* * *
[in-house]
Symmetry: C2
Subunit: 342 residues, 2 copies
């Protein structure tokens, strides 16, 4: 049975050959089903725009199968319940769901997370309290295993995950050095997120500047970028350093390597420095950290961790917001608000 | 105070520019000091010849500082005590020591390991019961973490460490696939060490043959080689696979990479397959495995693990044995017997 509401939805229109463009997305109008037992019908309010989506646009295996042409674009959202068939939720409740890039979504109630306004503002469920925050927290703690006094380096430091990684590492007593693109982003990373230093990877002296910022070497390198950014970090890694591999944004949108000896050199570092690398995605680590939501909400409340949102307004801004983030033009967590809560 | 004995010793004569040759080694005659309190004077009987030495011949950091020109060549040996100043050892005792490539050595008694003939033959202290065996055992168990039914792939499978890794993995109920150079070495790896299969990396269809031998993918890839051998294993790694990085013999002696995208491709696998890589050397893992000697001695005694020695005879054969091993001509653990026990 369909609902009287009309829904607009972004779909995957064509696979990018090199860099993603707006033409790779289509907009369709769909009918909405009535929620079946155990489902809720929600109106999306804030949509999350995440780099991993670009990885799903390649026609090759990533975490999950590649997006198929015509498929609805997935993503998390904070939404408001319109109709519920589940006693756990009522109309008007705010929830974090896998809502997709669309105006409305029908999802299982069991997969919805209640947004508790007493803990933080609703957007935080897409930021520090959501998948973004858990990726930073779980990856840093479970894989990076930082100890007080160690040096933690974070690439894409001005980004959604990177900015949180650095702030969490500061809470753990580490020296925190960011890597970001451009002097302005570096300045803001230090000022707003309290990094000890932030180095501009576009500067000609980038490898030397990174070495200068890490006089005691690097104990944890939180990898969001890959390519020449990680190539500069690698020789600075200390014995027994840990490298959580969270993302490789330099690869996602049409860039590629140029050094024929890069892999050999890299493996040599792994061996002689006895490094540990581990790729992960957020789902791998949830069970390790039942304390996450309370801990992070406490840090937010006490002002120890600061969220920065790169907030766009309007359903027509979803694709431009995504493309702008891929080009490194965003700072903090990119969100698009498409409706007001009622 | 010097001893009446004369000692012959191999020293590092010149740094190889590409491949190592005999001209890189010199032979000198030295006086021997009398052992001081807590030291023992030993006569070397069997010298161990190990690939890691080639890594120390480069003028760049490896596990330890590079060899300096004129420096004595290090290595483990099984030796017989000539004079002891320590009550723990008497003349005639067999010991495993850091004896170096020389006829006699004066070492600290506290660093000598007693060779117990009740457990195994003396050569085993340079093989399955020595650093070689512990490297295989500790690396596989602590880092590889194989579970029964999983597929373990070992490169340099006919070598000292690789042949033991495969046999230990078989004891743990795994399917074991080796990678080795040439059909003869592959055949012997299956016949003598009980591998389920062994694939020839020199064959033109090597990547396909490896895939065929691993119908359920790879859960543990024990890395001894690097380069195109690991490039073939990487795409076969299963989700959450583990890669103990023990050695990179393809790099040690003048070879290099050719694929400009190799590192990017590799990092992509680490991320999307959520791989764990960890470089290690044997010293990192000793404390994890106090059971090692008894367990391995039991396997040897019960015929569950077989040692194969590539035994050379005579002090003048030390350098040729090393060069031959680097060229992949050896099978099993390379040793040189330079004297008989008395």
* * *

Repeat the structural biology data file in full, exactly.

[in-house]
Symmetry: C2
Subunit: 342 residues, 2 copies
């Protein structure tokens, strides 16, 4: 049975050959089903725009199968319940769901997370309290295993995950050095997120500047970028350093390597420095950290961790917001608000 | 105070520019000091010849500082005590020591390991019961973490460490696939060490043959080689696979990479397959495995693990044995017997 509401939805229109463009997305109008037992019908309010989506646009295996042409674009959202068939939720409740890039979504109630306004503002469920925050927290703690006094380096430091990684590492007593693109982003990373230093990877002296910022070497390198950014970090890694591999944004949108000896050199570092690398995605680590939501909400409340949102307004801004983030033009967590809560 | 004995010793004569040759080694005659309190004077009987030495011949950091020109060549040996100043050892005792490539050595008694003939033959202290065996055992168990039914792939499978890794993995109920150079070495790896299969990396269809031998993918890839051998294993790694990085013999002696995208491709696998890589050397893992000697001695005694020695005879054969091993001509653990026990 369909609902009287009309829904607009972004779909995957064509696979990018090199860099993603707006033409790779289509907009369709769909009918909405009535929620079946155990489902809720929600109106999306804030949509999350995440780099991993670009990885799903390649026609090759990533975490999950590649997006198929015509498929609805997935993503998390904070939404408001319109109709519920589940006693756990009522109309008007705010929830974090896998809502997709669309105006409305029908999802299982069991997969919805209640947004508790007493803990933080609703957007935080897409930021520090959501998948973004858990990726930073779980990856840093479970894989990076930082100890007080160690040096933690974070690439894409001005980004959604990177900015949180650095702030969490500061809470753990580490020296925190960011890597970001451009002097302005570096300045803001230090000022707003309290990094000890932030180095501009576009500067000609980038490898030397990174070495200068890490006089005691690097104990944890939180990898969001890959390519020449990680190539500069690698020789600075200390014995027994840990490298959580969270993302490789330099690869996602049409860039590629140029050094024929890069892999050999890299493996040599792994061996002689006895490094540990581990790729992960957020789902791998949830069970390790039942304390996450309370801990992070406490840090937010006490002002120890600061969220920065790169907030766009309007359903027509979803694709431009995504493309702008891929080009490194965003700072903090990119969100698009498409409706007001009622 | 010097001893009446004369000692012959191999020293590092010149740094190889590409491949190592005999001209890189010199032979000198030295006086021997009398052992001081807590030291023992030993006569070397069997010298161990190990690939890691080639890594120390480069003028760049490896596990330890590079060899300096004129420096004595290090290595483990099984030796017989000539004079002891320590009550723990008497003349005639067999010991495993850091004896170096020389006829006699004066070492600290506290660093000598007693060779117990009740457990195994003396050569085993340079093989399955020595650093070689512990490297295989500790690396596989602590880092590889194989579970029964999983597929373990070992490169340099006919070598000292690789042949033991495969046999230990078989004891743990795994399917074991080796990678080795040439059909003869592959055949012997299956016949003598009980591998389920062994694939020839020199064959033109090597990547396909490896895939065929691993119908359920790879859960543990024990890395001894690097380069195109690991490039073939990487795409076969299963989700959450583990890669103990023990050695990179393809790099040690003048070879290099050719694929400009190799590192990017590799990092992509680490991320999307959520791989764990960890470089290690044997010293990192000793404390994890106090059971090692008894367990391995039991396997040897019960015929569950077989040692194969590539035994050379005579002090003048030390350098040729090393060069031959680097060229992949050896099978099993390379040793040189330079004297008989008395």